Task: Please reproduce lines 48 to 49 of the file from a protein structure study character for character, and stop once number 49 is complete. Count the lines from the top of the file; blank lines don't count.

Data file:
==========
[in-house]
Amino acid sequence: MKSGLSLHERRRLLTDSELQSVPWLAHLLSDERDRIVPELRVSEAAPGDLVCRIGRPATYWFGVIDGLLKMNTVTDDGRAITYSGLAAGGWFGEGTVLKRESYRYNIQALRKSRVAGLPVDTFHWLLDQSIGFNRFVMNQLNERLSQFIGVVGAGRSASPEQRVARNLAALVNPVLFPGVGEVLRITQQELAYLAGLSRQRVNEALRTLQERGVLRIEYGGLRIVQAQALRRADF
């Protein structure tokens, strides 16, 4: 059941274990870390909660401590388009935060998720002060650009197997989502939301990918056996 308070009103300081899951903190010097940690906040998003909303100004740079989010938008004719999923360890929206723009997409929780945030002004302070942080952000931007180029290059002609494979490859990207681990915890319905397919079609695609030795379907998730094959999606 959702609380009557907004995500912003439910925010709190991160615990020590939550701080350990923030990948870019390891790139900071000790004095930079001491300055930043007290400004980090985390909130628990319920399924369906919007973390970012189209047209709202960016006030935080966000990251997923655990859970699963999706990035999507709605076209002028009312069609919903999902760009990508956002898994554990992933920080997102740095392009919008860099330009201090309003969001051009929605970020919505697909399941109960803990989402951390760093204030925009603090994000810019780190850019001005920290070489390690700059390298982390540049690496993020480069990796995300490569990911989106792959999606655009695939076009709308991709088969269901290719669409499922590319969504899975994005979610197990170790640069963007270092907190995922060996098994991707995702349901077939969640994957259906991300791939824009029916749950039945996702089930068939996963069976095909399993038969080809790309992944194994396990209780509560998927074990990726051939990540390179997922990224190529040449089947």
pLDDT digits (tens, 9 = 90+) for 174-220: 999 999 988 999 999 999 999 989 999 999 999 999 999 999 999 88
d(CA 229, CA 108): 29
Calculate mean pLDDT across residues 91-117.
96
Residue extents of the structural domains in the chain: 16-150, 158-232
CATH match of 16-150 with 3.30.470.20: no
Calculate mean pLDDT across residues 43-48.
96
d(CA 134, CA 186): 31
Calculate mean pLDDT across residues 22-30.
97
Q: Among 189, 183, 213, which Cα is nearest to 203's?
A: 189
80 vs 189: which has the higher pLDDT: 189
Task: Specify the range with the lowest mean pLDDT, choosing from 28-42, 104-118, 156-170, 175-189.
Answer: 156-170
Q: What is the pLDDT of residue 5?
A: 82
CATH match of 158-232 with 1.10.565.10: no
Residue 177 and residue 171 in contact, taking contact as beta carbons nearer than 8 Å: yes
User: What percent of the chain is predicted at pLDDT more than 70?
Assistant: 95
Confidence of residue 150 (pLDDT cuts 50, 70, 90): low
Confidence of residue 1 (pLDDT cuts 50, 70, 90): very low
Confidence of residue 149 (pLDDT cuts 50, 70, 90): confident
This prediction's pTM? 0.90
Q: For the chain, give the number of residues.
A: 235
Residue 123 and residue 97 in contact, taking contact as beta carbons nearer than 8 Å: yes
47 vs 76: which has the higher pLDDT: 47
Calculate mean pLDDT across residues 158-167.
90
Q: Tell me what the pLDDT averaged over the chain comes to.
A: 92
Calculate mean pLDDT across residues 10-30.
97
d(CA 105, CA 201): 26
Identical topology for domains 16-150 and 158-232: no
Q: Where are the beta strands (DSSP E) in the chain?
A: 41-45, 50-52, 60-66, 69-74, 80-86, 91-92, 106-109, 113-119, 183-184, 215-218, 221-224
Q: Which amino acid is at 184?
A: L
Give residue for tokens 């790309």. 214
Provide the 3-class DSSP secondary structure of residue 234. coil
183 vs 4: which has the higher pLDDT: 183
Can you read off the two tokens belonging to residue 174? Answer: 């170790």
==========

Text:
183 vs 4: which has the higher pLDDT: 183
Can you read off the two tokens belonging to residue 174? Answer: 């170790």